Reduced activation of CD8α+ splenic DCs from ICSBP−/− mice, after short-time culture. CD11c+ DCs were purified from spleens by magnetic cell-sorting (see Materials and Methods). Cells obtained from both ICSBP−/− and WT mice were cultured in complete medium for 24 h, at 37°C. (A) Overnight-cultured DCs were stained for CD8α and alternatively for ICAM-1, CD40, CD80, CD86, or the molecules MHC class I and class II. The mean fluorescence distributions for the indicated antigens in CD8α+ and CD8α subsets are represented by black bars for DCs isolated from ICSBP−/− mice or white bars for DCs from WT mice. (B) CD8α+ DCs from cultures, treated or not with LPS or poly (I:C), were stained for the costimulatory molecules CD40, CD80, or CD86. The staining for the indicated antigens is represented by filled histograms for CD8α+ DCs from ICSBP−/− mice and open histograms for CD8α+ DC from WT mice. The broken profiles show isotype-matched controls. (C) Total RNA was extracted from freshly isolated magnetically sorted CD11c+ splenic DCs from ICSBP−/− and control mice. TLR3 and TLR4 mRNA levels were detected by RT-PCR. Representative data of one experiment out of four are shown.

Figure 5.

Reduced activation of CD8α+ splenic DCs from ICSBP−/− mice, after short-time culture. CD11c+ DCs were purified from spleens by magnetic cell-sorting (see Materials and Methods). Cells obtained from both ICSBP−/− and WT mice were cultured in complete medium for 24 h, at 37°C. (A) Overnight-cultured DCs were stained for CD8α and alternatively for ICAM-1, CD40, CD80, CD86, or the molecules MHC class I and class II. The mean fluorescence distributions for the indicated antigens in CD8α+ and CD8α subsets are represented by black bars for DCs isolated from ICSBP−/− mice or white bars for DCs from WT mice. (B) CD8α+ DCs from cultures, treated or not with LPS or poly (I:C), were stained for the costimulatory molecules CD40, CD80, or CD86. The staining for the indicated antigens is represented by filled histograms for CD8α+ DCs from ICSBP−/− mice and open histograms for CD8α+ DC from WT mice. The broken profiles show isotype-matched controls. (C) Total RNA was extracted from freshly isolated magnetically sorted CD11c+ splenic DCs from ICSBP−/− and control mice. TLR3 and TLR4 mRNA levels were detected by RT-PCR. Representative data of one experiment out of four are shown.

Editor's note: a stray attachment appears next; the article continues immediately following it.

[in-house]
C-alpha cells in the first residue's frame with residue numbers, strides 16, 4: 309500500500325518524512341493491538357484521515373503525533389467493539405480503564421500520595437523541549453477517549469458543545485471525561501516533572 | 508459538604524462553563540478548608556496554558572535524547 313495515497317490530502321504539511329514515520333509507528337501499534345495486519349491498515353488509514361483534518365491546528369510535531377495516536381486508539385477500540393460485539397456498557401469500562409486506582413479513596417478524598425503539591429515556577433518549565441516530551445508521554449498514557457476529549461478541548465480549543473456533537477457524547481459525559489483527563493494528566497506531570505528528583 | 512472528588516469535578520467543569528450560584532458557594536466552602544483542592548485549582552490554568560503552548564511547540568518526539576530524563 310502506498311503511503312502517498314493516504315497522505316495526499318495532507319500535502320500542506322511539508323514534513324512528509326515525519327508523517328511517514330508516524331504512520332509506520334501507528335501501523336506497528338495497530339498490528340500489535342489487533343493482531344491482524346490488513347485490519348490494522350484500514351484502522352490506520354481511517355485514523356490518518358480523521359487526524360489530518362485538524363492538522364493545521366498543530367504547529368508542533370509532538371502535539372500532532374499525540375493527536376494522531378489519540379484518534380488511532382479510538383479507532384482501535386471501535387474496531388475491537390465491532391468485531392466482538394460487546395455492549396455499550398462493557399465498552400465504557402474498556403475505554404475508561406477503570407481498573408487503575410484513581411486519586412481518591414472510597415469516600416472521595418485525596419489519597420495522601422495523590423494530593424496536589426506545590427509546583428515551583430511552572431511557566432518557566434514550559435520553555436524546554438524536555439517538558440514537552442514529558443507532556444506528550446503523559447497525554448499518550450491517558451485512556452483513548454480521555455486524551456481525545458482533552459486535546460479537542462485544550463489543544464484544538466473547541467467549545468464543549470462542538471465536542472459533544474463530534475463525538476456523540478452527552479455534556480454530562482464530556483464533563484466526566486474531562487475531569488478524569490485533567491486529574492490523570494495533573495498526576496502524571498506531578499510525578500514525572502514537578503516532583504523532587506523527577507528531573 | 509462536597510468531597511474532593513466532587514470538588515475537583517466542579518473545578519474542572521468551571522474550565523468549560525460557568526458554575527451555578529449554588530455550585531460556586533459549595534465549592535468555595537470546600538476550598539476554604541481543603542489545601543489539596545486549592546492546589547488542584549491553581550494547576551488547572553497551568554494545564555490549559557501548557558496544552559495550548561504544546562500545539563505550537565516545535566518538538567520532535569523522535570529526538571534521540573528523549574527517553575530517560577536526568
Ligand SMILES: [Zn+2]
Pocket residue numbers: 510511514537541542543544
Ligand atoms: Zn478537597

Next, we examined whether in vitro treatment with different maturation stimuli, such as LPS or poly (I:C) could activate DCs from ICSBP−/− mice. As shown in Fig. 5 B, addition of LPS or poly (I:C) to the DC cultures, increased the expression of the costimulatory markers CD40, CD80, and CD86 in DCs from both genotypes. Nevertheless, the intensity of expression of these molecules was significantly lower in CD8α+ DCs from ICSBP−/− mice, indicating that full activation did not occur in ICSBP−/− DCs. To assess whether the defective responsiveness of ICSBP−/− DCs to these two stimuli was due to altered expression of PRRs, we analyzed the expression of TLR4 and TLR3, which are known to recognize LPS (40) and poly (I:C; reference 41), respectively. Fig. 5 C shows TLR3 and TLR4 mRNA expression, as revealed by RT-PCR, in freshly isolated, magnetically sorted splenic DCs from ICSBP−/− and WT mice. Interestingly, ICSBP−/− DCs did not express detectable TLR3 mRNA, whereas they expressed higher levels of TLR4 mRNA than control DCs.

Chemokine Receptor and Cytokine Expression in DCs from ICSBP−/− Mice Reflects the Prevalence of CD8α Subsets.

The differential expression of chemokine receptors identifies distinct DC maturation stages and ensures a correct trafficking of these cells to lymphoid organs (42). We then performed RT-PCR for the detection of chemokine receptors implicated in the anatomical localization and maturation stage of CD8α+ and CD8α DC subsets in lymphoid tissues (43). Notably, freshly isolated splenic DCs from ICSBP−/− mice expressed significantly higher levels of CCR2 (twofold) and CCR6 (threefold) as compared with the WT counterparts, while they showed lower levels (2.5-fold) of CCR7, whose expression is associated with maturating DCs (44; Fig. 6 A).

Figure 6.

Expression of cytokines and chemokine receptors in DCs from ICSBP−/− mice. DCs were isolated from pooled spleens from ICSBP−/− or WT mice. CD11c+ DCs were magnetically sorted, as indicated in Fig. 5. Total RNA was extracted from freshly isolated DC preparations and assayed for the expression of the indicated chemokine receptors (A) or cytokines (B) by RT-PCR. Representative data of one experiment out of three are shown.